Menopause is something that all women will go through. It involves a lot of changes due to the shifts in hormone levels, and can often leave women feeling like they’re losing control of their body. But there are things that you can do!

“So, what is menopause?”

Menopause begins when a woman has not had a period for 12 months, most commonly occurring between 48 – 55 years of age. Symptoms of menopause include:

  • Hot flushes and/or night sweats
  • Aches and pains, including headaches
  • Difficulty sleeping, including insomnia
  • Changes in mood such as irritability, depression or lack of self-esteem
  • Reduced sex drive (libido) as well as vaginal dryness
  • Fatigue
  • Going to the toilet more often or experiencing incontinence
  • Increased weight

Unseen changes include:

  • Decreased bone density
  • Increased cardiovascular disease risk
  • Issues with blood vessels

“That all sounds wonderful, but why are you telling me this?”

Well, it turns out that exercise is extremely beneficial for multiple reasons during this time. Some benefits include:

  • Increasing or maintaining bone density, and improving balance to prevent falls and therefore risk of fracture
  • Lowering weight and reducing waist circumference
  • Reducing the risk of breast cancer and Type 2 Diabetes
  • Improving mood
  • Improving sleep
  • Improving cardiovascular health, including lowering blood pressure
  • Reducing the symptoms of menopause, contributing to improved quality of life

“Okay, great! I’m in. So what type of exercise should I be doing?”

For your bones!

For benefits relating to bone density, the bones and muscles need to be overloaded to stimulate new bone growth. This means weight-bearing exercises where you’re on your feet! Think, hill walking, skipping, jumping, running, or weight training. Tai Chi, Yoga and Pilates-style (including Physio-led Exercise) are also good options as they aid in improving your balance which can prevent falls in the future.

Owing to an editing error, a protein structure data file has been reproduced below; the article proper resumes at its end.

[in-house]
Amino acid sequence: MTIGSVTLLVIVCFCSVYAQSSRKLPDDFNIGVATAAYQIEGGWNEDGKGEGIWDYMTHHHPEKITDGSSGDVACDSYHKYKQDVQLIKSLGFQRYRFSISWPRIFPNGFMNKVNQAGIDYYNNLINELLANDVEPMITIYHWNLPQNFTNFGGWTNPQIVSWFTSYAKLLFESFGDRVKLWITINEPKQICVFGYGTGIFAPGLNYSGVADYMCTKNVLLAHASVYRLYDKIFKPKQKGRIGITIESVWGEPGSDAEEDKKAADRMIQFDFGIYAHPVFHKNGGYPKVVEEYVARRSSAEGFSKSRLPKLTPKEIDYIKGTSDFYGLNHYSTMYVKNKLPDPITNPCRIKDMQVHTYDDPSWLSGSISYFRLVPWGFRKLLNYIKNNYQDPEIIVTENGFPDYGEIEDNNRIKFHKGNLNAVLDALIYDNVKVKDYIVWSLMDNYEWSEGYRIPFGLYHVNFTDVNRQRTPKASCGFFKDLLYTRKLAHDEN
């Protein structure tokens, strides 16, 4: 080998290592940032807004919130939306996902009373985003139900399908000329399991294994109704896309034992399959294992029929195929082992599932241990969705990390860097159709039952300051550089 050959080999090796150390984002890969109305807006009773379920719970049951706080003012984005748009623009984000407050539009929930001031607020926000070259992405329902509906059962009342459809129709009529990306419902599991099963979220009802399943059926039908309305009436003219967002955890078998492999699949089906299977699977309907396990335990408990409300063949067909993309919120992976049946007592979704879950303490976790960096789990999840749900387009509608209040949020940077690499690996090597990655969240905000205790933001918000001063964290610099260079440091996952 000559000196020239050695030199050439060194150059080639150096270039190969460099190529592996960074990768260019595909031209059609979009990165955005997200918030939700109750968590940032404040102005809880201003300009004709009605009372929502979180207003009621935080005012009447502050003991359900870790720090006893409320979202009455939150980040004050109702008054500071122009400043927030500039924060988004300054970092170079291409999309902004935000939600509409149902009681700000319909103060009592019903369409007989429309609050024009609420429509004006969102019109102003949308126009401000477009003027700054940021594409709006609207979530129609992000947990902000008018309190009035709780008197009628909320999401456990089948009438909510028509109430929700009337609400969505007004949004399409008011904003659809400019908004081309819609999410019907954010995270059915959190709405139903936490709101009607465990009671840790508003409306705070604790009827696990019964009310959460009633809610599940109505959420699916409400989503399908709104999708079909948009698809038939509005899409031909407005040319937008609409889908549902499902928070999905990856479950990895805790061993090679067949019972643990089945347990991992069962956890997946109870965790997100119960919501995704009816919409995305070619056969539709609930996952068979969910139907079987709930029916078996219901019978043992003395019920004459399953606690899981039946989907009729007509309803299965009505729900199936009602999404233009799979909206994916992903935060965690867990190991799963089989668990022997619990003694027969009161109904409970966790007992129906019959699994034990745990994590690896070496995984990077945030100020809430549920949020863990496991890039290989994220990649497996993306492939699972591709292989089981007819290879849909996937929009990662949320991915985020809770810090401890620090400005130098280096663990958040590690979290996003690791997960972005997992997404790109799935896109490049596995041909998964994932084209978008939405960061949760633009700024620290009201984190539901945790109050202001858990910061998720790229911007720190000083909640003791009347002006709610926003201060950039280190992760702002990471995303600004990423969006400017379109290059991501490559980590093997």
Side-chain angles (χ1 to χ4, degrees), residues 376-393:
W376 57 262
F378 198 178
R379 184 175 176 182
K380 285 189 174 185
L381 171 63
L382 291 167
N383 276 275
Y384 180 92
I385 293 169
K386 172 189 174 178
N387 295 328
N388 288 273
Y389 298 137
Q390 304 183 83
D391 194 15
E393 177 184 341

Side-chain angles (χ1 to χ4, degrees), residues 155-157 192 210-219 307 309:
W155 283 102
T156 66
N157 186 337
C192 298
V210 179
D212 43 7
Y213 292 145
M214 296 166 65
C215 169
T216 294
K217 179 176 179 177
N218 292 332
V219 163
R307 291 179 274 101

Please keep in mind that if you do have osteopenia or osteoporosis, you want to ensure that you do not do anything that increases your risk of falling (eg. cycling where you could fall from a height) as your risk of fracture is much higher. Also, if you have pelvic floor or incontinence issues, you should consult your pelvic floor Physiotherapist on what the most appropriate exercises for you are, as certain exercises (such as jumping, skipping or inappropriately prescribed core work) can make your pelvic floor issue worse.

For your mood and mental health!

Walking (and I mean walking at a pace that gets that heart rate up!) at least three times per week has shown to reduce depressive symptoms.

For your sleep!

It is recommended that you exercise for 45 minutes, five times per week to see benefits in sleep. It sounds like a lot but you can tie this in with your recommendations for bone density, mood and cardiovascular health benefits.

And for your cardiovascular health!

For the best benefits in this area, it is recommended that you do three 45 minute sessions per week of aerobic interval training per week. Again, this overlaps with previous recommendations.


This all sounds like a lot, but when you break it down and start slow, you will find ways to fit it into your daily life. Once you start feeling the benefits? You’ll want to do it more! So, let’s all aim for 45 minutes of exercise, five times per week. There are numerous other health benefits, not mentioned in this article, that this amount of exercise will give you.

If you have any questions about your exercise regime, or have an injury or condition that you are unsure how to work around, book in for a session with one our Physiotherapists by calling 8555 4099 or click here to book online.


Written by Meg Doyle (Physiotherapist)